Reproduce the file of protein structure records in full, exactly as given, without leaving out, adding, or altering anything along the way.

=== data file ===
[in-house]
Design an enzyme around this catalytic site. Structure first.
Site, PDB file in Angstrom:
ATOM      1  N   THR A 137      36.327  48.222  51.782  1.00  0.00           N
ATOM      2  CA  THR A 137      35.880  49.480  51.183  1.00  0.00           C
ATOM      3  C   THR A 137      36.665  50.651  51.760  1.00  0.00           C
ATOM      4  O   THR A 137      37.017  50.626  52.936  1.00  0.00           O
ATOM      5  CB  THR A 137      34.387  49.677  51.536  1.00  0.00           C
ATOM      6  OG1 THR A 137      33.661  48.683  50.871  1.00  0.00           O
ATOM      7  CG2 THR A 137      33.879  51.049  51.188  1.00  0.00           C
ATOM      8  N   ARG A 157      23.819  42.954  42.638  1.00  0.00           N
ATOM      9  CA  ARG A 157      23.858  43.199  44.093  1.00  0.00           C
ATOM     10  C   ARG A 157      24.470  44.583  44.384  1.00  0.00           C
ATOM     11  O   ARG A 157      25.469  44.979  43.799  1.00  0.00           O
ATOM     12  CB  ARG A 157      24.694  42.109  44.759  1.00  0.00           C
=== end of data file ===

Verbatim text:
[in-house]
Design an enzyme around this catalytic site. Structure first.
Site, PDB file in Angstrom:
ATOM      1  N   THR A 137      36.327  48.222  51.782  1.00  0.00           N
ATOM      2  CA  THR A 137      35.880  49.480  51.183  1.00  0.00           C
ATOM      3  C   THR A 137      36.665  50.651  51.760  1.00  0.00           C
ATOM      4  O   THR A 137      37.017  50.626  52.936  1.00  0.00           O
ATOM      5  CB  THR A 137      34.387  49.677  51.536  1.00  0.00           C
ATOM      6  OG1 THR A 137      33.661  48.683  50.871  1.00  0.00           O
ATOM      7  CG2 THR A 137      33.879  51.049  51.188  1.00  0.00           C
ATOM      8  N   ARG A 157      23.819  42.954  42.638  1.00  0.00           N
ATOM      9  CA  ARG A 157      23.858  43.199  44.093  1.00  0.00           C
ATOM     10  C   ARG A 157      24.470  44.583  44.384  1.00  0.00           C
ATOM     11  O   ARG A 157      25.469  44.979  43.799  1.00  0.00           O
ATOM     12  CB  ARG A 157      24.694  42.109  44.759  1.00  0.00           C